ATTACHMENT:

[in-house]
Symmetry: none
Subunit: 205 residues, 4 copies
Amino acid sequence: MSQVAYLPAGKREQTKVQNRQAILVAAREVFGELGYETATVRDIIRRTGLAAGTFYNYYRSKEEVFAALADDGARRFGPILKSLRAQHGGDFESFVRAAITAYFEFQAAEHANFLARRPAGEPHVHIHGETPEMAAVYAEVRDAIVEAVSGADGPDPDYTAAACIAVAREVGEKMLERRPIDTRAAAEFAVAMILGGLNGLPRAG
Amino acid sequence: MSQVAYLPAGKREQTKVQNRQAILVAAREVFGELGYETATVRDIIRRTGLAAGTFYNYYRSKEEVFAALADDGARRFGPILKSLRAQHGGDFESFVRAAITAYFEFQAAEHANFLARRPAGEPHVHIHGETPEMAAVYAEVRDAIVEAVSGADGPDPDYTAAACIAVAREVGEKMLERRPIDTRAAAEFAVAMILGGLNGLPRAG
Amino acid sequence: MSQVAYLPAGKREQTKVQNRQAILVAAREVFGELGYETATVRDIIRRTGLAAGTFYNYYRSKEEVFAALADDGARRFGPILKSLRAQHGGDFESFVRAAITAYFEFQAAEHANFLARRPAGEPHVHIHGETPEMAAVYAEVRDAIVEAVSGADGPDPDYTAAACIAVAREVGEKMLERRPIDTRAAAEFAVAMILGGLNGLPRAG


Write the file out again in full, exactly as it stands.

[in-house]
Symmetry: none
Subunit: 205 residues, 4 copies
Amino acid sequence: MSQVAYLPAGKREQTKVQNRQAILVAAREVFGELGYETATVRDIIRRTGLAAGTFYNYYRSKEEVFAALADDGARRFGPILKSLRAQHGGDFESFVRAAITAYFEFQAAEHANFLARRPAGEPHVHIHGETPEMAAVYAEVRDAIVEAVSGADGPDPDYTAAACIAVAREVGEKMLERRPIDTRAAAEFAVAMILGGLNGLPRAG
Amino acid sequence: MSQVAYLPAGKREQTKVQNRQAILVAAREVFGELGYETATVRDIIRRTGLAAGTFYNYYRSKEEVFAALADDGARRFGPILKSLRAQHGGDFESFVRAAITAYFEFQAAEHANFLARRPAGEPHVHIHGETPEMAAVYAEVRDAIVEAVSGADGPDPDYTAAACIAVAREVGEKMLERRPIDTRAAAEFAVAMILGGLNGLPRAG
Amino acid sequence: MSQVAYLPAGKREQTKVQNRQAILVAAREVFGELGYETATVRDIIRRTGLAAGTFYNYYRSKEEVFAALADDGARRFGPILKSLRAQHGGDFESFVRAAITAYFEFQAAEHANFLARRPAGEPHVHIHGETPEMAAVYAEVRDAIVEAVSGADGPDPDYTAAACIAVAREVGEKMLERRPIDTRAAAEFAVAMILGGLNGLPRAG